Data Center Power: How AC and DC Power are Used in Data Centers?

20 Apr 2020 by Michael Kriech

I think we can all agree when I say that power is one of the most important, if not the most important aspects of a data center when discussing colocation and hyperscale data centers. Today more than ever, topics such as power density, power usage effectiveness (PUE), and renewable energy dominate industry panels and discussions.

In this article, we will take a look at how Alternating Current (AC) and Direct Current (DC) power is used in the modern data center. We will also look at future power trends including the shift to making data centers more efficient using DC power. If that sounds interesting, you should definitely continue reading this article.

Difference Between AC and DC Power?

Before we get started, what is the difference between AC and DC power? There are many differences but to keep things simple, direct current is linear and alternating current alternates. Sounds straightforward enough. This means that with DC power, the current always flows in the same direction and does not oscillate between positive and negative terminals.

With AC, the current reverses 60 times per second (U.S.) or 50 times per second (Europe), and the voltage is easily transformed. This makes AC power easier to transport over several miles. With DC power, it’s not as easy to transport over long distances.

How Data Centers Use AC and DC Power?

Do most data centers use AC or DC power or both? To answer this question, lets first look at how power is used in the data center.

Data centers receive AC power from a utility provider or municipality’s electrical grid. Utility power is feed to the Automatic Transfer Switch (ATS) and into the switchgear. The switchgear is configured for critical supplies and non-critical supplies. It is used to Switchgear is also used for switching on and powering transformers. The transformers ensuring that the AC power from the grid is the right voltage and current type. This is referred to as a step up or step down in power.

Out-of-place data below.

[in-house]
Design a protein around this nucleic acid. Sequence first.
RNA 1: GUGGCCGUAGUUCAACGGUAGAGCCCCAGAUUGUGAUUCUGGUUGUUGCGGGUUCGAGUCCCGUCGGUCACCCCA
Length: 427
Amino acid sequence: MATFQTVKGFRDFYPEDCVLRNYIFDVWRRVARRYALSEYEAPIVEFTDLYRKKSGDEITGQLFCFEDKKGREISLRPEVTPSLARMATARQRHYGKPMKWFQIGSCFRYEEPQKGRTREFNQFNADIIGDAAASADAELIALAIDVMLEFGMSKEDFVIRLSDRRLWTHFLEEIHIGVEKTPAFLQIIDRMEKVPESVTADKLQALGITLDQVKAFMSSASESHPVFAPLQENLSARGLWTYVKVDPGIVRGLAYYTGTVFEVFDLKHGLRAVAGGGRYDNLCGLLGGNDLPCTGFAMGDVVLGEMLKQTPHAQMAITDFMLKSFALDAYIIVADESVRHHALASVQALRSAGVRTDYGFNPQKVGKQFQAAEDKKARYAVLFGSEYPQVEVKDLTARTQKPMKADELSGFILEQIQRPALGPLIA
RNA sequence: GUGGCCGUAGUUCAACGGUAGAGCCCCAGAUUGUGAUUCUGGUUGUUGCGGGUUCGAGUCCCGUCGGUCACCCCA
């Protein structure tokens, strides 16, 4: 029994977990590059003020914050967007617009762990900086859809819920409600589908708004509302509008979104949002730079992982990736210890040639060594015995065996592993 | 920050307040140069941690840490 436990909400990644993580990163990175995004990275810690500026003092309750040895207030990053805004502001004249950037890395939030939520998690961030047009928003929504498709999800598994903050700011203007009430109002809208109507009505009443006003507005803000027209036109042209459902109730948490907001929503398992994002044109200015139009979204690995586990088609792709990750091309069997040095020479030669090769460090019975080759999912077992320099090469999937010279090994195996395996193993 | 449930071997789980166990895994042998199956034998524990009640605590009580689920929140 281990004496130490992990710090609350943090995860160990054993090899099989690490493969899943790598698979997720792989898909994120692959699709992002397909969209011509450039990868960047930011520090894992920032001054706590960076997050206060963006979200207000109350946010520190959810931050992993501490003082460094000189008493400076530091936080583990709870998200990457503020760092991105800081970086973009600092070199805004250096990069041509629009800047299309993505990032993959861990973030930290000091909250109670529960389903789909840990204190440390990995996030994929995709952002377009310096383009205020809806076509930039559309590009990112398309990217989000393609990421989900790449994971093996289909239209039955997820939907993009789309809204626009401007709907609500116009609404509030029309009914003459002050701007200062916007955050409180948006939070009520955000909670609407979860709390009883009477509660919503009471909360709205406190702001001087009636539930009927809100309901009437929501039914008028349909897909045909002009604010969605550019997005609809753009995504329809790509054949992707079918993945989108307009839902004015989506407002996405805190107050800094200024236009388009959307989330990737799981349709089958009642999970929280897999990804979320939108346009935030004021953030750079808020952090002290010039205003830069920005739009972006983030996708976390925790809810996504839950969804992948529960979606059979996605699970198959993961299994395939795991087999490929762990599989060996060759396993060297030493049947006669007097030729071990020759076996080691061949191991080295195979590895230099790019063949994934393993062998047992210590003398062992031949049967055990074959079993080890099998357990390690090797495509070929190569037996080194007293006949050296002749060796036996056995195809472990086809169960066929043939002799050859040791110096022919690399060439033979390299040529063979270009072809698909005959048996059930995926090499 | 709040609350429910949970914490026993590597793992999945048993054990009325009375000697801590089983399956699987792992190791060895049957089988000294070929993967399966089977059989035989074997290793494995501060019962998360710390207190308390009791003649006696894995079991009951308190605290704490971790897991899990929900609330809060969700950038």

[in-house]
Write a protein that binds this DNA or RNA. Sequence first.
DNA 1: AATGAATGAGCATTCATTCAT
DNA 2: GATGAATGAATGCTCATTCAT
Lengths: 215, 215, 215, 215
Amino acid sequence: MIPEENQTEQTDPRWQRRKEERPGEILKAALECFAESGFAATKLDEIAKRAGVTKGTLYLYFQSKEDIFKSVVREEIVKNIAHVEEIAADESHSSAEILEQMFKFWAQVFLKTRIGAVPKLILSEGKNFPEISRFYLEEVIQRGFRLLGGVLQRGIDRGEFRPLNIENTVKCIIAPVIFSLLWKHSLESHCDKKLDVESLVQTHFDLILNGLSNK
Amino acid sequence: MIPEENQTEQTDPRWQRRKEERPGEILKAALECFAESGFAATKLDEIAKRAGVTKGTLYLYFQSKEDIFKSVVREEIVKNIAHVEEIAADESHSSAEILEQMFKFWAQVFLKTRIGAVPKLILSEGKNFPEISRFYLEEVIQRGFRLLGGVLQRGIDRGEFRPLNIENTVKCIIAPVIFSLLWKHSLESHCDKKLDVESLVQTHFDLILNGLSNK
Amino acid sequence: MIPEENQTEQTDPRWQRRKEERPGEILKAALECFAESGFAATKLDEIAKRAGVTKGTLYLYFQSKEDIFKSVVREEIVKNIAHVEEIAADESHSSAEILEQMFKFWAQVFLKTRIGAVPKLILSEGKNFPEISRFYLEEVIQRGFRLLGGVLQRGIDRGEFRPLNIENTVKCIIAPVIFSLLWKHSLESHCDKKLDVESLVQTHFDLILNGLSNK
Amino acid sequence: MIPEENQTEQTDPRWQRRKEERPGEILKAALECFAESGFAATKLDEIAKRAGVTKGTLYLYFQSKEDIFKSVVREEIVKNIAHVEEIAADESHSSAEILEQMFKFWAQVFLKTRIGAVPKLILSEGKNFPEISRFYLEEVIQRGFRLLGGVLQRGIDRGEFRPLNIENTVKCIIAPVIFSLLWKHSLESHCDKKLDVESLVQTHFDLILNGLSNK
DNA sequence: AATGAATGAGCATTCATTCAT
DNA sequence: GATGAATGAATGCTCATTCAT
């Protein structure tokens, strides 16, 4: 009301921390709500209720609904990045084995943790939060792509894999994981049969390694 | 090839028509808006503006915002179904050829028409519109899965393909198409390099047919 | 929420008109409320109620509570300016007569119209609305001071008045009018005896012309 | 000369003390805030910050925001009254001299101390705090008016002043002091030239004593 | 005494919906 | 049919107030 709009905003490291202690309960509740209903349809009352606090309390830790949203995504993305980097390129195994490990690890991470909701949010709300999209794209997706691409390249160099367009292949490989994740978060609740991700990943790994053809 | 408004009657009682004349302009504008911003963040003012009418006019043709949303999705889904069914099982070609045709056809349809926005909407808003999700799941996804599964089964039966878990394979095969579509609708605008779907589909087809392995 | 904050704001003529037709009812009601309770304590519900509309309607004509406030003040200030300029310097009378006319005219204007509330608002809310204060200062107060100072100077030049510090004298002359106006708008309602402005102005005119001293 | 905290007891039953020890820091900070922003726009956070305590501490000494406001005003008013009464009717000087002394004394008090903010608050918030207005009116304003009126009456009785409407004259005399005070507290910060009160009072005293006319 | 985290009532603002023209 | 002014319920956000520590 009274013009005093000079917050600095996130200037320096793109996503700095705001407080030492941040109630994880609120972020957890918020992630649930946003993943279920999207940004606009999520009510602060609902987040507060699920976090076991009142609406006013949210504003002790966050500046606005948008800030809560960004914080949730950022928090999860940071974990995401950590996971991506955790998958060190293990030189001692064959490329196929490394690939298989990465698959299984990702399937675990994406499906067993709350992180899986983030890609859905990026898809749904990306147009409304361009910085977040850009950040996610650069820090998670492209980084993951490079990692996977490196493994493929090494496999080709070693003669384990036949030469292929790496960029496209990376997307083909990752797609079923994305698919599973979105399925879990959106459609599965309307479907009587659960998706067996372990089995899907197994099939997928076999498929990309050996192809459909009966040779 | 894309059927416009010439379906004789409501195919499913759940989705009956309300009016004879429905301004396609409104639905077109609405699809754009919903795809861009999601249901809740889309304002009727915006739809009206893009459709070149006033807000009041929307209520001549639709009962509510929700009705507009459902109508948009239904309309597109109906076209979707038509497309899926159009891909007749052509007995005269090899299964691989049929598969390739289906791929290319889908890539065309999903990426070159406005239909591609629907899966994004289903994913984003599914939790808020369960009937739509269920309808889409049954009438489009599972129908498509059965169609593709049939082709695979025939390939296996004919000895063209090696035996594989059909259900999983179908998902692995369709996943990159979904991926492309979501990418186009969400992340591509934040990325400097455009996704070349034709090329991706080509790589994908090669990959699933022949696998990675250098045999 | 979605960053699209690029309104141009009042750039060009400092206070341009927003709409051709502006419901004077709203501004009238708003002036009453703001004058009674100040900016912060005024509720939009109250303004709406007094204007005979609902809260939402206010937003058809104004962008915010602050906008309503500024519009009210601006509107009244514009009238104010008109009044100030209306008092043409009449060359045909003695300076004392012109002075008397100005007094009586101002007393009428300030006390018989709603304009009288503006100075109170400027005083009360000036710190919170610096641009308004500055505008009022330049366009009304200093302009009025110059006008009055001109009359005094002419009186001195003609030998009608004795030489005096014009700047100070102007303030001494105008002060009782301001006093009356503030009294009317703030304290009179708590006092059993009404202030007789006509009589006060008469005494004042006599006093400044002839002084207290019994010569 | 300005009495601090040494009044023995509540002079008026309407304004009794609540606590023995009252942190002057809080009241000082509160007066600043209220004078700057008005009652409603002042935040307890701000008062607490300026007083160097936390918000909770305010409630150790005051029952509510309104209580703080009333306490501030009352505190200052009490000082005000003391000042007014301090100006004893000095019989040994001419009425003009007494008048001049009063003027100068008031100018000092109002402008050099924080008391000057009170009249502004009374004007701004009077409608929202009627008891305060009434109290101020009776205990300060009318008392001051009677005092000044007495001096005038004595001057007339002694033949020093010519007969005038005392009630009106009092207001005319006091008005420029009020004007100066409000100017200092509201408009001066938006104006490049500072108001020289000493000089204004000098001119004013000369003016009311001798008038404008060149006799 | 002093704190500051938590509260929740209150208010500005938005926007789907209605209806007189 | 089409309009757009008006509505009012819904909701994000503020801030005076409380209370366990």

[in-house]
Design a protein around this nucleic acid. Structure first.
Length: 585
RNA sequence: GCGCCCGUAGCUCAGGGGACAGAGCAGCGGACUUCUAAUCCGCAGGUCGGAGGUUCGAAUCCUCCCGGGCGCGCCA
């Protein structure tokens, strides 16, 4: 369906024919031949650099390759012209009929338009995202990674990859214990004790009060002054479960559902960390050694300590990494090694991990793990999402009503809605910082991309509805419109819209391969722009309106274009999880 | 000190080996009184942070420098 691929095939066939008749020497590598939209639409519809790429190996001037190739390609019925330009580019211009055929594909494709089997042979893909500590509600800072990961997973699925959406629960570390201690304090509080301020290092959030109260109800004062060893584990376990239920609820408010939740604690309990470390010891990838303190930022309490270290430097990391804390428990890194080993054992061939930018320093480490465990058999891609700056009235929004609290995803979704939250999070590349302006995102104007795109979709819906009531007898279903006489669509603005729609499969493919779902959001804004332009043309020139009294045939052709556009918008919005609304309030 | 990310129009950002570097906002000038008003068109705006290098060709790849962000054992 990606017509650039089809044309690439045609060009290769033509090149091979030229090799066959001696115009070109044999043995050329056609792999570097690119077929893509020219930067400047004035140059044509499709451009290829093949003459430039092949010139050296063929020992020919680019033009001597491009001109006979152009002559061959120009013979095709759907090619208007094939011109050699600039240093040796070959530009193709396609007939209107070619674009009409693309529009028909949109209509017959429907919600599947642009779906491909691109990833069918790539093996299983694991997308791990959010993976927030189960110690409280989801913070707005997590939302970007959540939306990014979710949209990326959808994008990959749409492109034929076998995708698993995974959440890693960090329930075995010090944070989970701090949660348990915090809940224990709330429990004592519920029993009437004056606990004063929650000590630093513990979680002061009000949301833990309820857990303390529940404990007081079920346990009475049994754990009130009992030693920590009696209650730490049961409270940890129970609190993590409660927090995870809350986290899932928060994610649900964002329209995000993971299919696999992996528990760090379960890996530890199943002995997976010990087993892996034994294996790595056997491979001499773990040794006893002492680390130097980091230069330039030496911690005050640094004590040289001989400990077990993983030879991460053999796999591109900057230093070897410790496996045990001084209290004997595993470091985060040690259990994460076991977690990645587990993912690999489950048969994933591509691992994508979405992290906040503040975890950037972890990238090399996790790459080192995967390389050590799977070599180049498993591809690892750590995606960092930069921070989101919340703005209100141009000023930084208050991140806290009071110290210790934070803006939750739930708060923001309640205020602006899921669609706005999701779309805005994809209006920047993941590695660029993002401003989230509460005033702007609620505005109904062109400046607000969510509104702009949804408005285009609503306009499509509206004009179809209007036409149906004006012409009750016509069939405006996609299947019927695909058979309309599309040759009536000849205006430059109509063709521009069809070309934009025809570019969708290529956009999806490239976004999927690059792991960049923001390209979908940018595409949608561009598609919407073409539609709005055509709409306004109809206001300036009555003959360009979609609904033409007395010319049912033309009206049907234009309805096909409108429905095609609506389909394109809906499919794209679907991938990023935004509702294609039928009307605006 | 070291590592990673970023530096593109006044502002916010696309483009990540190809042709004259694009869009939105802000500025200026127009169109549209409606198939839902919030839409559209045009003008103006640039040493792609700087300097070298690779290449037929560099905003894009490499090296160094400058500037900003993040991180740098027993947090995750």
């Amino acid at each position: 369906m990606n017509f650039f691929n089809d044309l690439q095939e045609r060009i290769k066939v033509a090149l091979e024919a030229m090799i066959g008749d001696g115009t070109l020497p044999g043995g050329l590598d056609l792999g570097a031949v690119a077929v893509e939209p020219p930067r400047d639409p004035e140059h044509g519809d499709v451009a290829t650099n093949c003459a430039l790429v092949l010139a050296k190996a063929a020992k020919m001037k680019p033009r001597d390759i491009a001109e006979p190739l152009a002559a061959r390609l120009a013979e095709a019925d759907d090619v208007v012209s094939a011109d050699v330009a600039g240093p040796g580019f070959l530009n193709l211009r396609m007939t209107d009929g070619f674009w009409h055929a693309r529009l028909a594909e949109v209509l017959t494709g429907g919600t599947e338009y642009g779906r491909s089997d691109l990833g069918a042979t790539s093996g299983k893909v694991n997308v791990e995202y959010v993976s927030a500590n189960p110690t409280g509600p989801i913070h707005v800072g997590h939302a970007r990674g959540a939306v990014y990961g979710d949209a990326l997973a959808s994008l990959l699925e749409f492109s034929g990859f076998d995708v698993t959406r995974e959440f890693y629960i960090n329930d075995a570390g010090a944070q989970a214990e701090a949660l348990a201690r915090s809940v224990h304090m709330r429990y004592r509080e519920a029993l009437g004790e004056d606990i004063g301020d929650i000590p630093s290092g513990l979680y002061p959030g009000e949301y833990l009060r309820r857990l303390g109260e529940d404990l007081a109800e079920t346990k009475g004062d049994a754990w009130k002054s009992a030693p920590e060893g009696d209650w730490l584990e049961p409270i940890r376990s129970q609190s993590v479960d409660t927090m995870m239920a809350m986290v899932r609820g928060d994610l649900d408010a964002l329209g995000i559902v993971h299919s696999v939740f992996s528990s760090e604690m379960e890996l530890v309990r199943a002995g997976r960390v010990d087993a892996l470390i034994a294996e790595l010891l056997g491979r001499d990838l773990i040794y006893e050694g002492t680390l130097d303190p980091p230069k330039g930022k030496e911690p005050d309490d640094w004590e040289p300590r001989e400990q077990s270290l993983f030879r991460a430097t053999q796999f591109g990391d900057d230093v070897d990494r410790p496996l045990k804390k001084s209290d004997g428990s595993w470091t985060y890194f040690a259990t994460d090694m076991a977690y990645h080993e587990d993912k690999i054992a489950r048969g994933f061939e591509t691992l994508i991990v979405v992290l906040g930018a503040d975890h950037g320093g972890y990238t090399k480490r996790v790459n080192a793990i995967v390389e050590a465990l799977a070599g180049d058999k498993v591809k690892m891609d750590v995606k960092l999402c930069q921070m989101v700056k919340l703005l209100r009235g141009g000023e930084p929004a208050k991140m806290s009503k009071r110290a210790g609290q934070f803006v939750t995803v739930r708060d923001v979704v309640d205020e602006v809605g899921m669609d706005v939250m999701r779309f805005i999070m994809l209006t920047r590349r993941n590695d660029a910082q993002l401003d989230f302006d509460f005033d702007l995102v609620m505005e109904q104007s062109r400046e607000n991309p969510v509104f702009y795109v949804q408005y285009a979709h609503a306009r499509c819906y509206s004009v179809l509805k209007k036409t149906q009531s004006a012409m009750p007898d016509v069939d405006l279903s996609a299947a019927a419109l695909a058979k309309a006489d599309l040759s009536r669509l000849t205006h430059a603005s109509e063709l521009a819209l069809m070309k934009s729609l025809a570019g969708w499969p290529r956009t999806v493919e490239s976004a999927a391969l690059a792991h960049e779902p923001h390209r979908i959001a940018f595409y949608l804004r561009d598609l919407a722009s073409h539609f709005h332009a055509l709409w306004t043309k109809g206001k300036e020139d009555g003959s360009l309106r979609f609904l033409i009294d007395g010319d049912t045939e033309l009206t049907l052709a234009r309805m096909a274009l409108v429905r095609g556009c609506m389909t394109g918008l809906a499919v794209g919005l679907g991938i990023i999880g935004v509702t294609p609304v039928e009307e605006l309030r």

Power from the transformer is transferred to the Main Distribution Board (MDB). MDBs are enclosures that house fuses, circuit breakers, and ground leakage protection units. The purpose of the MDB is to transfer low-voltage electricity and distribute it to various endpoints within a data center. This includes the Uninterruptible Power Supply (UPS) system.

UPS systems have several purposes within the data center. First, they distribute clean electricity by conditioning the AC power to ensure that electrical issues like power surges do not impact IT equipment. Clean power from the UPS is distributed to a number of circuit breakers. Individual circuit breakers are tied to individual power circuits that are delivered to specific colocation racks. Servers, storage devices, network hardware, and other IT equipment plug into rack-mounted power strips that connect to the power circuit.

In addition to power conditioning, UPS systems are primarily used for storing electricity in batteries. These backup batteries closely resemble car batteries. There can be tens or even hundreds of backup batteries within a single UPS depending on the size of the system. The electricity stored in the batteries is DC power. Inverters are used to convert AC power into storable DC power.

When a power outage occurs, the UPS system uses the power inverter to convert stored DC power from the batteries to AC power so the data center can remain operational. This includes powering servers and related IT equipment in colocation racks as well as mission-critical systems such as chillers, air conditioning units, fire suppression, lighting, and other systems. The amount of power to systems can be limited or turned off completely to save power.

How long can a UPS system power a data center? The answer is long enough to start up the backup diesel generators and initial a power transfer from the grid to the generators. We’re talking somewhere between 10-20 minutes in most cases. At that point, the ATS is responsible for sensing when there is a utility power failure and transfers the load from UPS to the backup diesel generators.